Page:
Best Bowling Ball Layouts You Must Know

As a bowler, there are several things you need to comprehend and take care of to perform better. 

Selecting bowling equipment and accessories that specifically match your requirements can take painstakingly long. Let’s not forget the countless hours you invest in perfecting your bowling skills. 

Despite having a lot on your plate already, do you need to learn about the best bowling ball layouts too? Yes, you do!  

A layout is a position or orientation of a weight block relative to your bowling release. 

The drilling layout of a ball plays an instrumental role in determining the motion of a bowling ball. It is directly responsible for reducing or magnifying the length and hook potential of a ball. 

Two balls that boast the same layout will play out differently for two similar speed players. This is because of a plethora of factors including varying rev rates, axis rotations, and axis tilts.

So to find the ideal breakpoint shape for you, you will need to learn how certain ball layouts can benefit your game. 

In a nutshell, the layout determines the motion shape of a ball and its hook potential. Drilling the ball in an area that suits your bowling style can help you get more pin-carry action on the ball and thus, improve your scores. 

Today, let’s discuss some of the best bowling ball layouts.


5 Best Bowling Ball Layouts

1. The Arcing Layout

Primarily prevalent on most house shots, the arcing layout is also popularly referred to as the 90-degree layout. 

Bowlers who style their game on playing the track area on the bowling lane typically go for this layout. It is also favored by those looking to play between the 13 and 8 board at the arrows. 

Diving straight to the point, the arcing layout can be achieved with the pin placed 4.5 inches from the PAP (positive axis point). If you are working with a symmetrical ball, ensure that the pin angles towards your thumb with the CG (center of gravity) aligned to the pin. 

Asymmetrical ball owners should focus on getting the mass bias aligned with the pin; without deviation, the pin should be located below your thumb. 

2. The Early Rolling Layout

This layout is effective at negating the effects of oily lane conditions and lengthy oil patterns. It does a tremendous job of breaking open a shot on an evenly distributed oil pattern. 

In most cases, reactive resin and particle proactive balls are given the treatment of the early rolling layout. 

To get this layout right, get your layout pin 4 and a half inches from the PAP. Have the mass and center of gravity angled at 35 to 65 degrees. The angle must be chosen as per how early you want your ball to roll.  

Generally speaking, the distance between the mass and the PAP determines how early your ball will roll. The closer the distance, the sooner the roll will take place.

Only seasoned players can play with this ball layout expertly.

3. The Flip Layout

If you are looking to play the lane more on the inside, consider the flip layout.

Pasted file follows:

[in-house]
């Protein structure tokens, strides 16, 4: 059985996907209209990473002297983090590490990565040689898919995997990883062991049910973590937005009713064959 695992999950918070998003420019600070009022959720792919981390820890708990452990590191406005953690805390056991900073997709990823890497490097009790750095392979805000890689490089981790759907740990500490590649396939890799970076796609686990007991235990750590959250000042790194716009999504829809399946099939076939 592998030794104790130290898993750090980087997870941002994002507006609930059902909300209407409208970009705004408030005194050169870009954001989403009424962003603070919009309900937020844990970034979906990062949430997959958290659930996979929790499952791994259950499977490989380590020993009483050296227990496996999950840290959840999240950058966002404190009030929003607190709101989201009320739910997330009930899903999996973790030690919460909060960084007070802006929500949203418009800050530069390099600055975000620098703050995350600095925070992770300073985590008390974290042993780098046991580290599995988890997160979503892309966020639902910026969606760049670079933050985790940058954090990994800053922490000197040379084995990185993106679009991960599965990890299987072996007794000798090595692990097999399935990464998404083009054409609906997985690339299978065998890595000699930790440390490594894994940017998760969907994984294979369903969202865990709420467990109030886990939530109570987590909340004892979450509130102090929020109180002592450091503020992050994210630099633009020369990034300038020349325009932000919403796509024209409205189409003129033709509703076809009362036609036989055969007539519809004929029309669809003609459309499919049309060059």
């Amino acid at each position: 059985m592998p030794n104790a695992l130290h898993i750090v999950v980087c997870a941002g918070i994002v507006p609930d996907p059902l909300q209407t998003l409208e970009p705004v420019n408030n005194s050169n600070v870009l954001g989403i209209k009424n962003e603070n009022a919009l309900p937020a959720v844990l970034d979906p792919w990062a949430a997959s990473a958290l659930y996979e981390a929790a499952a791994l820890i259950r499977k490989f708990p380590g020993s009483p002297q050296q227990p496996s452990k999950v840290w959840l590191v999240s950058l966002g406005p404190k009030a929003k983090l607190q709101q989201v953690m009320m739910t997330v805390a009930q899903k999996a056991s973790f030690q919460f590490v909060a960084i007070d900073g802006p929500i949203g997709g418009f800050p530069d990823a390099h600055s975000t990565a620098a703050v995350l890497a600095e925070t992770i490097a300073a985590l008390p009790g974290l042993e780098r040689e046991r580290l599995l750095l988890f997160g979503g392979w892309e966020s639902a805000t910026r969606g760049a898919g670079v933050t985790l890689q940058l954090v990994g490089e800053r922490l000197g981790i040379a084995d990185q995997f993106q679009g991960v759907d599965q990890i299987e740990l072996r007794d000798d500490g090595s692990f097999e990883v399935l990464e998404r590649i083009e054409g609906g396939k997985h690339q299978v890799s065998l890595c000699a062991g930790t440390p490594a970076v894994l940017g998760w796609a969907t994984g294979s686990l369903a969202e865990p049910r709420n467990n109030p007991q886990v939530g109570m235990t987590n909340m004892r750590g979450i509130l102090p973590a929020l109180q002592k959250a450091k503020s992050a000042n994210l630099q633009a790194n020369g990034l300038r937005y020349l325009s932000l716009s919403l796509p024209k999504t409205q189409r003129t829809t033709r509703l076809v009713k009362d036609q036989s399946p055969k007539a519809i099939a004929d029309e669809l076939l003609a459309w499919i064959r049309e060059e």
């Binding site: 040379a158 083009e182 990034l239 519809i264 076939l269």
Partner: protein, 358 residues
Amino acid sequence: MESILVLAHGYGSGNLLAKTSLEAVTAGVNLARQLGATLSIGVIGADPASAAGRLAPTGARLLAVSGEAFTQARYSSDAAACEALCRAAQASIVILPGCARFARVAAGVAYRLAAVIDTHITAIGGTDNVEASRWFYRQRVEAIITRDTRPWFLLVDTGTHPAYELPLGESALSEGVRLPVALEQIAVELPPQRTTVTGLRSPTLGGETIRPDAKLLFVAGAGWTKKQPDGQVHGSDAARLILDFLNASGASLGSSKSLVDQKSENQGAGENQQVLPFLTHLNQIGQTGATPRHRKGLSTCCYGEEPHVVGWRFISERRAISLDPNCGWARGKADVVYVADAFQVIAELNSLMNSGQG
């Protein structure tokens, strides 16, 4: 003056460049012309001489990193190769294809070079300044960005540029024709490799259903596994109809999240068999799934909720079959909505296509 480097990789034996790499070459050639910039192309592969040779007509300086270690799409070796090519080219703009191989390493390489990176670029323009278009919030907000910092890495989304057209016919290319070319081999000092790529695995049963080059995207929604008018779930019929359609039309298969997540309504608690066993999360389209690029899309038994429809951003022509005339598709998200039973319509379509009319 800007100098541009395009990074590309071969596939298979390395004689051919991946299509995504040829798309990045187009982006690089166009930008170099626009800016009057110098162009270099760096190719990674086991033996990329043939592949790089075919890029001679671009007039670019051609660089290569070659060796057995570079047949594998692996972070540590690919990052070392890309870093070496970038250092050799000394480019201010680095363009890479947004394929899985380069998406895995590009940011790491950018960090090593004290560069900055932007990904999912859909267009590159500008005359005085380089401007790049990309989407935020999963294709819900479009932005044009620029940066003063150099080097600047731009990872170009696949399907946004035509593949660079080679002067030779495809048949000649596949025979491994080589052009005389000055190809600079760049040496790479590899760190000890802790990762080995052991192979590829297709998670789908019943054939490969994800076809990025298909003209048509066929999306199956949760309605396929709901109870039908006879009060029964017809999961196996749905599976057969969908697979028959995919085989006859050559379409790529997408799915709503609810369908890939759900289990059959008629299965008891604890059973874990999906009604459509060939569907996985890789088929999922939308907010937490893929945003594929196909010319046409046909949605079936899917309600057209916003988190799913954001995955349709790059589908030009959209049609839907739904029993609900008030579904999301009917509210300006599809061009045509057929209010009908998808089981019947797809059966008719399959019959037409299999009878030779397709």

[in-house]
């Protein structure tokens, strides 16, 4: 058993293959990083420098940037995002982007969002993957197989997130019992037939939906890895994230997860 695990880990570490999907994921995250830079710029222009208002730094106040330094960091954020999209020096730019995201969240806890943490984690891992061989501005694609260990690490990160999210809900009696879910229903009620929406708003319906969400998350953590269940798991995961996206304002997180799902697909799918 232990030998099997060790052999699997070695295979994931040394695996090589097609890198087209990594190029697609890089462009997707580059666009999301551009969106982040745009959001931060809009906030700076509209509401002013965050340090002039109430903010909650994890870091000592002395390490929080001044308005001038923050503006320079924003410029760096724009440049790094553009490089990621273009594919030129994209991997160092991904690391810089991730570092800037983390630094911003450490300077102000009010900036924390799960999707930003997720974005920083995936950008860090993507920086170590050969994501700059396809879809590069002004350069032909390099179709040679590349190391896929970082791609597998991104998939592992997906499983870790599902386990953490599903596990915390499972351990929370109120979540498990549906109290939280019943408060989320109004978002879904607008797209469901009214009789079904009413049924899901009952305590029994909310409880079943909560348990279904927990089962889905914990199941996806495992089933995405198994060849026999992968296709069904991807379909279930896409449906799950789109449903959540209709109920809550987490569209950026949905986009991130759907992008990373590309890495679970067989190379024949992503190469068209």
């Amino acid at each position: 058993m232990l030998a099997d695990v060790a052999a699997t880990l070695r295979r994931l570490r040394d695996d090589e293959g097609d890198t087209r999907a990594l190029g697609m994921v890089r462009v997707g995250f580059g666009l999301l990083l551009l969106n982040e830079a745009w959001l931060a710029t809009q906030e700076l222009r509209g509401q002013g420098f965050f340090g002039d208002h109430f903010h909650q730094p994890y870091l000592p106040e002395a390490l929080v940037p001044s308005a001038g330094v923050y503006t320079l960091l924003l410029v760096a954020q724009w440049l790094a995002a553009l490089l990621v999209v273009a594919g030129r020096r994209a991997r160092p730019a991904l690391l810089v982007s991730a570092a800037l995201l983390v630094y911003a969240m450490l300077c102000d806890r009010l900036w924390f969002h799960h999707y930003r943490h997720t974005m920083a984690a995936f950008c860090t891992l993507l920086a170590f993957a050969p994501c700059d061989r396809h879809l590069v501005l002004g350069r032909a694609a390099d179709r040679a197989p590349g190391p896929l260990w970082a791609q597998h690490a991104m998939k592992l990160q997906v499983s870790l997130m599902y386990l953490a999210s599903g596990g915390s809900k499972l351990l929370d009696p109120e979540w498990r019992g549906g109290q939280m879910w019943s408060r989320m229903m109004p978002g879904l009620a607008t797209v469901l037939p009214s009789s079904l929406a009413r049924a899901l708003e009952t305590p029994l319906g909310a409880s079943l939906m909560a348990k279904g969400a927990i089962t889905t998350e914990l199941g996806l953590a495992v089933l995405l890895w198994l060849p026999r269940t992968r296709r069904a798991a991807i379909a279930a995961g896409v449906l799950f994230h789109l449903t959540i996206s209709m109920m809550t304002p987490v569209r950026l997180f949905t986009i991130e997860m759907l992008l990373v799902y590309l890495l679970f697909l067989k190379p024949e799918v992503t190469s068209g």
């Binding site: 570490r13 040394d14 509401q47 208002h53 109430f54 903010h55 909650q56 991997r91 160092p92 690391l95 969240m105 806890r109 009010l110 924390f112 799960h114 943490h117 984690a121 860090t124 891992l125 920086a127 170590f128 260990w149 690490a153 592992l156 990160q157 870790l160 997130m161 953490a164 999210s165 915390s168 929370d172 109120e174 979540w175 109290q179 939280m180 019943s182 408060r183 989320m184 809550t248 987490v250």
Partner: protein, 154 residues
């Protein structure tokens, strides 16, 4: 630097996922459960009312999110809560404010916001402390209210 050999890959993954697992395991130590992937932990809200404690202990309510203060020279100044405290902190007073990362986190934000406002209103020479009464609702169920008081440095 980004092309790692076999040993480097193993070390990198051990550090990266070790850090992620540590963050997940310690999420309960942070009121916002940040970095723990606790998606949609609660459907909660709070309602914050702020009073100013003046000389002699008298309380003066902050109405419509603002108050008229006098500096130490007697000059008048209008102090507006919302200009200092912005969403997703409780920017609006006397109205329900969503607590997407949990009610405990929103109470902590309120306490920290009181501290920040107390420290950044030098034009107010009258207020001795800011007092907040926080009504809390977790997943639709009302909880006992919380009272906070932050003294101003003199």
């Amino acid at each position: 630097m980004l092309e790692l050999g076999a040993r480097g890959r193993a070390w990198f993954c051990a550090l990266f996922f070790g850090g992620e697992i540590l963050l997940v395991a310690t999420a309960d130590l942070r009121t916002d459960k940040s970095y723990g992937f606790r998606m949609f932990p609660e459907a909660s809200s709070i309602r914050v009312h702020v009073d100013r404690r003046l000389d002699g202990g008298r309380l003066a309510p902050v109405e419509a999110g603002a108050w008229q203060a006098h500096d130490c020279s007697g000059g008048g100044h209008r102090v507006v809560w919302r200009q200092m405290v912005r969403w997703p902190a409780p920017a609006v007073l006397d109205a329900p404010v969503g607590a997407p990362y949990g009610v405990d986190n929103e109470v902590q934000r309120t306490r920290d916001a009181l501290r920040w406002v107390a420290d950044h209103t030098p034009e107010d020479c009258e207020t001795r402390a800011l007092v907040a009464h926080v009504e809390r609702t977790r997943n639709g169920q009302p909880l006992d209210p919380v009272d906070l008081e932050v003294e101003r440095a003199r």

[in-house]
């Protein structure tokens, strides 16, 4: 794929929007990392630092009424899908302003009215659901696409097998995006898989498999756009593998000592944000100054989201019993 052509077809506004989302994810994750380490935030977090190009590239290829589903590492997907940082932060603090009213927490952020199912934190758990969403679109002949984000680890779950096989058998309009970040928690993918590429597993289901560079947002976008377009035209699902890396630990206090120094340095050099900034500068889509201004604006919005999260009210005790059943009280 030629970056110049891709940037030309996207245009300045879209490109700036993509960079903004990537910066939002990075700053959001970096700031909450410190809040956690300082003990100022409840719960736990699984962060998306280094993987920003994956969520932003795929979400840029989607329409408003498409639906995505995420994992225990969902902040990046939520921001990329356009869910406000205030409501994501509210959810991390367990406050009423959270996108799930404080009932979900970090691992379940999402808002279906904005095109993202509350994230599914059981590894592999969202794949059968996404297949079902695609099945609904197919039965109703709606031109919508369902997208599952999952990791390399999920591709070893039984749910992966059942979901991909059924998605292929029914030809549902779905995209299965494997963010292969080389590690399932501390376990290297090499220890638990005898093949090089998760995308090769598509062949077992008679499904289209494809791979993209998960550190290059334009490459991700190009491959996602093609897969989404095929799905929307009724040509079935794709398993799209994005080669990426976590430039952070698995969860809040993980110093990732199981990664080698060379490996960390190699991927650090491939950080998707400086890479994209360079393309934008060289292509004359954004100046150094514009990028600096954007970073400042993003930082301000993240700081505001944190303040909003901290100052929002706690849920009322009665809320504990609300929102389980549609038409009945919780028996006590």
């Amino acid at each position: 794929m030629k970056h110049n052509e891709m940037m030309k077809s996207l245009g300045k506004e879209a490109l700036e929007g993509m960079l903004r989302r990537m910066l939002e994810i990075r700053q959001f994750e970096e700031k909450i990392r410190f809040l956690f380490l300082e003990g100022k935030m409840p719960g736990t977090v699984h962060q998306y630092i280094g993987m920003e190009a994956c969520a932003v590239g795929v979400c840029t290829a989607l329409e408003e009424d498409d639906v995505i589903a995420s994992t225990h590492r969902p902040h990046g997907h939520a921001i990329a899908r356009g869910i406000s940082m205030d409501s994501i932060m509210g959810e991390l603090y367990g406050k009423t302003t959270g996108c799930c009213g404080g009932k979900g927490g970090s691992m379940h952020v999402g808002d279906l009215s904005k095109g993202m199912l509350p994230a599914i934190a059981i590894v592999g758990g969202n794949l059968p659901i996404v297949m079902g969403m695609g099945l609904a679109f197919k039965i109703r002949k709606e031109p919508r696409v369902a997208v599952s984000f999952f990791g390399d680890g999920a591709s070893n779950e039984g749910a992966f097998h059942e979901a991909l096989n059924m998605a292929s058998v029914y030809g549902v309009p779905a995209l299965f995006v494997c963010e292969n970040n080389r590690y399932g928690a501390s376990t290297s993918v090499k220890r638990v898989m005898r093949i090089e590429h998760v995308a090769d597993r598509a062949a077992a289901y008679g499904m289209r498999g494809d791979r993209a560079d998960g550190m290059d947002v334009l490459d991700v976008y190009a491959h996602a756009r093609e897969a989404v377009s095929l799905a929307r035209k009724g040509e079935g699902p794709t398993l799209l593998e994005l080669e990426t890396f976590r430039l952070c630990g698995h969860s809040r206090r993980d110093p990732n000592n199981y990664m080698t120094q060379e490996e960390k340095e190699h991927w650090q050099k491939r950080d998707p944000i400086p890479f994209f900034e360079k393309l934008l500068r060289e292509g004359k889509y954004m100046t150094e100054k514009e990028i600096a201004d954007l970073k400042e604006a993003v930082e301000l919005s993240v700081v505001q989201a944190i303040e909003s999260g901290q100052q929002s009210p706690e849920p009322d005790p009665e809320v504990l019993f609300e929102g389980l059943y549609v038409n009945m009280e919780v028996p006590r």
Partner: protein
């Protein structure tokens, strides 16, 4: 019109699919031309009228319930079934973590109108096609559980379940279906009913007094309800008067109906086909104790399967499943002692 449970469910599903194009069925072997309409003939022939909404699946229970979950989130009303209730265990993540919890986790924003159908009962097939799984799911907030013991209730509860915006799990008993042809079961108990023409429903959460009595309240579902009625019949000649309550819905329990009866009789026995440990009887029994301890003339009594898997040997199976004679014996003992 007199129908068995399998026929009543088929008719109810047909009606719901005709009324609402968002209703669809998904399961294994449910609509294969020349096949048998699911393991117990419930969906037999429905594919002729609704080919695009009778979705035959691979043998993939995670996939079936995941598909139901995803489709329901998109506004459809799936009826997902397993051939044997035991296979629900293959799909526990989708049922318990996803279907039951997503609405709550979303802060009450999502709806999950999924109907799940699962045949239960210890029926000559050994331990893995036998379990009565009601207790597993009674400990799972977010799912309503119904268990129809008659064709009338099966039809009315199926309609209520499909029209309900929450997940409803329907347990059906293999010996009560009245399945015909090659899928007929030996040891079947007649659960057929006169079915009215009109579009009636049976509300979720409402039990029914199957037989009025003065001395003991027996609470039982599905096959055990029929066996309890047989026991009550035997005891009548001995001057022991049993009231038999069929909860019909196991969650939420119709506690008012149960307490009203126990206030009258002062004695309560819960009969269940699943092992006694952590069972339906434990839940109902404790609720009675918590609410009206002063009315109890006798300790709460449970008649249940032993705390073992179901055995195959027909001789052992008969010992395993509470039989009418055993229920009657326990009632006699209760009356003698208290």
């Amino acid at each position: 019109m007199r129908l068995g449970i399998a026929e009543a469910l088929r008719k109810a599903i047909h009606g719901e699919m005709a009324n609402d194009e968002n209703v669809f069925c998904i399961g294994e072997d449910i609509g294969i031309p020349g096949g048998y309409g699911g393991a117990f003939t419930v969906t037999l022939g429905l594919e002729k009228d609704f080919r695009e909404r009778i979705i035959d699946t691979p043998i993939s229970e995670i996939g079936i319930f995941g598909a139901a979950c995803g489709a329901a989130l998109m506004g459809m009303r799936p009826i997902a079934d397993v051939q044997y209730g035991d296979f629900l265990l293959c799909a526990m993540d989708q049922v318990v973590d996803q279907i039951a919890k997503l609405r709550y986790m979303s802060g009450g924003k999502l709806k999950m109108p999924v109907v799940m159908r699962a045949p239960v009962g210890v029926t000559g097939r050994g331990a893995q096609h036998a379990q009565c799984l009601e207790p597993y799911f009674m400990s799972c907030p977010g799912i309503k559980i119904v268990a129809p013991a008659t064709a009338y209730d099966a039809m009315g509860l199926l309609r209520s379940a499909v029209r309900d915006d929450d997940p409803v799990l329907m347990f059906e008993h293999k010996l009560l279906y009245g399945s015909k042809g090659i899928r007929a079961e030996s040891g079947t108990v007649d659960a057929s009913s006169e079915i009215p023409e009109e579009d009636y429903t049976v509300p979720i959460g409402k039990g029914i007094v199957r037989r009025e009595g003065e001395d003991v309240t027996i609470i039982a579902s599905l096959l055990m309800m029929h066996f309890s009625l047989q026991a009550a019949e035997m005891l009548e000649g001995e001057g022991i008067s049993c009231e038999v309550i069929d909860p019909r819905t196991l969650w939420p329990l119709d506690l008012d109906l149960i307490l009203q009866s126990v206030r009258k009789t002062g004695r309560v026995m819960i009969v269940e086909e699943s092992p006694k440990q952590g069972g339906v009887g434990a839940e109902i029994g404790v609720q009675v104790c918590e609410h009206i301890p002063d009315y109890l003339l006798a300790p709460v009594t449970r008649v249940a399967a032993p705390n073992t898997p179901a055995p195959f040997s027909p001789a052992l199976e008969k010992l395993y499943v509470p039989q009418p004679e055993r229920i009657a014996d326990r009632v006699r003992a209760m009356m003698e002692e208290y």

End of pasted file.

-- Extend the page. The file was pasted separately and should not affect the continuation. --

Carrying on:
Usually applied on balls with reactive coverstocks, a flip layout excels at lanes with dry back ends. However, professional bowlers avoid using it when they face lanes spread with fresh oil.

To get the flip layout right, have the pin 4 and a half inches from the PAP and the center of gravity. The mass bias should be aligned with the pin and be located near the thumb finger hole. 

If you want to increase the distance between the pin and the finger holes, do so at your convenience. The moving period of the ball before its flip is further extended as the distance grows longer. 

4. The Pin-Up Layout

The pin-up layout facilitates an angled entry to the pocket and is usually useful for bowlers with high revolutions but slow ball speed. This layout provides a more defined, sharper hook instead of a total hook. 

Bowlers bowling on lightly-oiled lane conditions and shorter length patterns usually prefer using this layout on their balls. 

If you get your pin close to the PAP on your pin-up layout, you can expect your ball to react harder and quicker to friction. 

If your layout has plenty of distance between the pin and the mid-line, the ball will feature a more defined breakpoint to friction. However, the reaction will not be as angular. 

5. The Pin-Down Layout 

The pin-down layout does a phenomenal job of encouraging a total hook of the ball. This type of layout is usually preferred by bowlers who can generate high ball speed but low revolutions on the ball. 

Since this layout promotes a more gradual hook, it excels in heavily-oiled conditions and longer length patterns. 

The pin-down layout provides a controlled, sustainable break point because it reacts slower and smoother to friction. 

The placement of the pin on the pin-down layout determines the reaction of the ball. If the pin is placed near the PAP, your ball will have a smooth and swift reaction to friction. 

A layout where there is considerable distance between the pin and the mid-line will feature a smooth arcing reaction. 


Layouts should be drilled onto the balls as per the specific delivery style of a bowler. It is done to help a bowler have complete control over the reaction of the ball and to enable him to bowl consistently into the pocket.

In a bid to help bowlers quickly achieve their desired ball motion, manufacturers of different bowling balls often provide detailed bowling ball layout guides for their products. If you aren’t confident with identifying a suitable layout, head to your pro shop and express your concerns with an expert.